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7 Powerful Steps Towards Wisdom

“I changed my mind.”

These are four of the most powerful words in the English language. They can prevent you from being manipulated into an undesirable outcome and launch you on the road to personal and spiritual growth. Depriving yourself of the freedom to change your mind will lock you into a rigid mindset that can hamper your successes and your development.

Early in life you may have been led to believe it’s not good to change your mind. There are numerous words with negative connotations associated with those who do change their minds: fickle, indecisive, hesitant, unsure, wavering, erratic or wishy-washy. You’d much prefer to be known as steadfast, decisive, confident and sure.

Skilled manipulators use this near-universal conditioning against you every day. For example, how many times has a salesman asked you, “Are you in a position to make a decision today?” Once you agree to this proposition, you’ll feel pressure to “make a decision today,” and buy the product, even if you have reservations. After all, if you don’t buy, you’d be indecisive.

But this is not what changing your mind is all about. Changing your mind means that after thinking about the subject or after gathering more complete information, you came to a different conclusion – a better and more informed decision. This is not being indecisive. It’s being logical, prudent and wise.

What would happen if you weren’t allowed to change your mind? You’d be forced to believe the sun revolves around the earth. Your evolution on every level depends on your ability to assimilate new information and “change your mind” as to what it means and how it applies.

Psychologists call the unease you feel when you hold two conflicting opinions cognitive dissonance. The theory is that you will be unwilling to simultaneously hold two apparently contradictory beliefs in your mind and will attempt to modify one or the other to minimize the dissonance or conflict.

If you told the salesman that “you would be in a position to make a decision today,” and yet, you feel you need more time to gather additional information and think it through, you are experiencing dissonance. The skilled salesman will use your cognitive dissonance to push you to a buying decision today! If he lets you think it over, you may not make the purchase or may buy from someone else. Ever buy a new car after talking to only one dealer?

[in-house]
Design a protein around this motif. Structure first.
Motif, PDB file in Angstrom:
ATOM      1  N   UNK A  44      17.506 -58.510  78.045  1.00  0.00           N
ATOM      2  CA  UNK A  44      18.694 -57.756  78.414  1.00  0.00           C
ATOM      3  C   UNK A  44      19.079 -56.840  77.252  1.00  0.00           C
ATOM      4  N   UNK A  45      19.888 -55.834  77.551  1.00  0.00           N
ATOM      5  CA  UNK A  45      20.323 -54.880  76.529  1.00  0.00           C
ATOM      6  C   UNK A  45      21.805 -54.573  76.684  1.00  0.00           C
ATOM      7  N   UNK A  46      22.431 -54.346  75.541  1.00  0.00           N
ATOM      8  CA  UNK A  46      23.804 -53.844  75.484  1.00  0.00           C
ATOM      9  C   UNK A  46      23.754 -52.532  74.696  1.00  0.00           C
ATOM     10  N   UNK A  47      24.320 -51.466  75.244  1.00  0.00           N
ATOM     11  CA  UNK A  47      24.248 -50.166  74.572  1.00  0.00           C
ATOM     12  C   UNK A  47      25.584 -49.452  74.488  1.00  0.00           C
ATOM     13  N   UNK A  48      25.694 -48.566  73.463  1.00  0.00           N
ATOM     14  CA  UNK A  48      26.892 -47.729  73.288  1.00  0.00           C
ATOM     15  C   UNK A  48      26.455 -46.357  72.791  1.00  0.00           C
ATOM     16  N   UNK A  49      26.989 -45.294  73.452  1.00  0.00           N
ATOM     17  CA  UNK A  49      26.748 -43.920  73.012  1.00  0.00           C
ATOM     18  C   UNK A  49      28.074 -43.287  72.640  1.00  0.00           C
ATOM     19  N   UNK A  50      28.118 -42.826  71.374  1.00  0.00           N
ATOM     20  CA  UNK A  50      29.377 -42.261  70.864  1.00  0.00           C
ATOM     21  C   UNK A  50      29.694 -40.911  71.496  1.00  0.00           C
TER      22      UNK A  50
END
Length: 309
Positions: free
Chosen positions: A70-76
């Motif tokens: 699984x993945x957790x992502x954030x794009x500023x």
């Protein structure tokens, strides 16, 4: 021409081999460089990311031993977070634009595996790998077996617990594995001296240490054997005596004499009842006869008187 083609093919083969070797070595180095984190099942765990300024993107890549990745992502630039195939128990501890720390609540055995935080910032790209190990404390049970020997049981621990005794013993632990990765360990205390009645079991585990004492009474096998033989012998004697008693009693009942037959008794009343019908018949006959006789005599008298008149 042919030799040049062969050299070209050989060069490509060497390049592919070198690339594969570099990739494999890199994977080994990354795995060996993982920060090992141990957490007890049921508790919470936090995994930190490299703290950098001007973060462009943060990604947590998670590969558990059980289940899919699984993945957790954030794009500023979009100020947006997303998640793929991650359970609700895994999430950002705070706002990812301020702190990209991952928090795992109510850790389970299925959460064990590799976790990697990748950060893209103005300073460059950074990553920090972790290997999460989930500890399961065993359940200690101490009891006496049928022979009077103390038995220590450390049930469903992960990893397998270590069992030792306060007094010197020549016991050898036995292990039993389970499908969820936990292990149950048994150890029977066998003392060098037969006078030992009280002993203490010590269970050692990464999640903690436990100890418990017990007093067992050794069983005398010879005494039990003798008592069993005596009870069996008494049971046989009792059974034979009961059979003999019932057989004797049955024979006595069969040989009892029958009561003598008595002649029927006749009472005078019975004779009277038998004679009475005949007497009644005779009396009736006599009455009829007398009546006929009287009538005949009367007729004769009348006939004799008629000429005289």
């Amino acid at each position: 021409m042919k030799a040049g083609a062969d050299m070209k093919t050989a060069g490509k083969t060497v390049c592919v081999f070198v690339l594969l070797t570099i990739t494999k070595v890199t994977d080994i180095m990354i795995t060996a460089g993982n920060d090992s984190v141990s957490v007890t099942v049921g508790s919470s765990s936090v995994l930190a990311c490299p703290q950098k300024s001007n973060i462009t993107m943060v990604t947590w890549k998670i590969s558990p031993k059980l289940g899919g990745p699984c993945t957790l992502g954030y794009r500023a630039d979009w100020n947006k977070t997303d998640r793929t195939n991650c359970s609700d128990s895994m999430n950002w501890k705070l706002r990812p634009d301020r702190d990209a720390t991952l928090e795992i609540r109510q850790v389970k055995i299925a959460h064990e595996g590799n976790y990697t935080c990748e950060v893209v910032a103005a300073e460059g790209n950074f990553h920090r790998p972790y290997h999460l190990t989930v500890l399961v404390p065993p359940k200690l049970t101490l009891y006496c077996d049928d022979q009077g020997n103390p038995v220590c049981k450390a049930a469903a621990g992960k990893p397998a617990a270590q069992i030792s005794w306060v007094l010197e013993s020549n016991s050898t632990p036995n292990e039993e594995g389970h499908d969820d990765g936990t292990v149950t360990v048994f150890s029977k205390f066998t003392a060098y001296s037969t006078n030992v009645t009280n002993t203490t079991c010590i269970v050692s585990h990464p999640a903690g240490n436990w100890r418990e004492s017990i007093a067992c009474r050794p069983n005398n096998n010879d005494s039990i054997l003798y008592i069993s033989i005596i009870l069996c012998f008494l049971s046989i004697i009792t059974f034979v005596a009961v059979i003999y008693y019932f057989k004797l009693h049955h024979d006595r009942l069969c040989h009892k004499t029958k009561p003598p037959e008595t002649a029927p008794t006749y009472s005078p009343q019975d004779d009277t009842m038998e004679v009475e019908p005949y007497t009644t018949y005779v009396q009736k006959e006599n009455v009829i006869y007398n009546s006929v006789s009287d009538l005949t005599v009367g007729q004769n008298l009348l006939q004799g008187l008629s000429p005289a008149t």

Imagine what would happen with instances of more deep-seated beliefs. You think so-and-so is the best candidate, the finest restaurant or the fastest car. To complicate matters, also imagine that you are on record as publicly stating that so-and-so is the best candidate, the finest restaurant or the fastest car. You have invested your “credibility” in this belief. What happens when new evidence comes along that contradicts this deep-seated belief? You immediately discount it.

Not only do you have the dissonance associated with trying to hold two contradictory beliefs in your mind simultaneously, but, even worse, if you accept the new idea, that might mean the first one was WRONG and you’ve lost your invested credibility!

How would most people handle the situation? Most people don’t like being wrong, so they would either ignore the new idea or, even worse, come up with all sorts of counter arguments as to why it’s wrong. In extreme cases, they may outright lie to others and to themselves, just to avoid the cognitive dissonance. To an independent observer, this appears totally irrational. To a student of human behavior, it is understandable.

As mystics, we’re after the truth. So if it turns out the second idea is more accurate, serves us better, or is otherwise superior to the first, we owe it to ourselves and to others to accept it, at least until a better idea comes along. We may be forced to utter three words that are even more powerful than “I changed my mind”:

“I was wrong.”

Being able to admit a mistake is a sign of humility, which is a prized mystic virtue. It does not mean you’re a doormat or that you are subservient to somebody else. Changing your mind after gathering more complete information and thoroughly thinking things through is a sign of being logical, thorough, thoughtful and wise.

Your prime allegiance is to the truth, regardless of where it originates.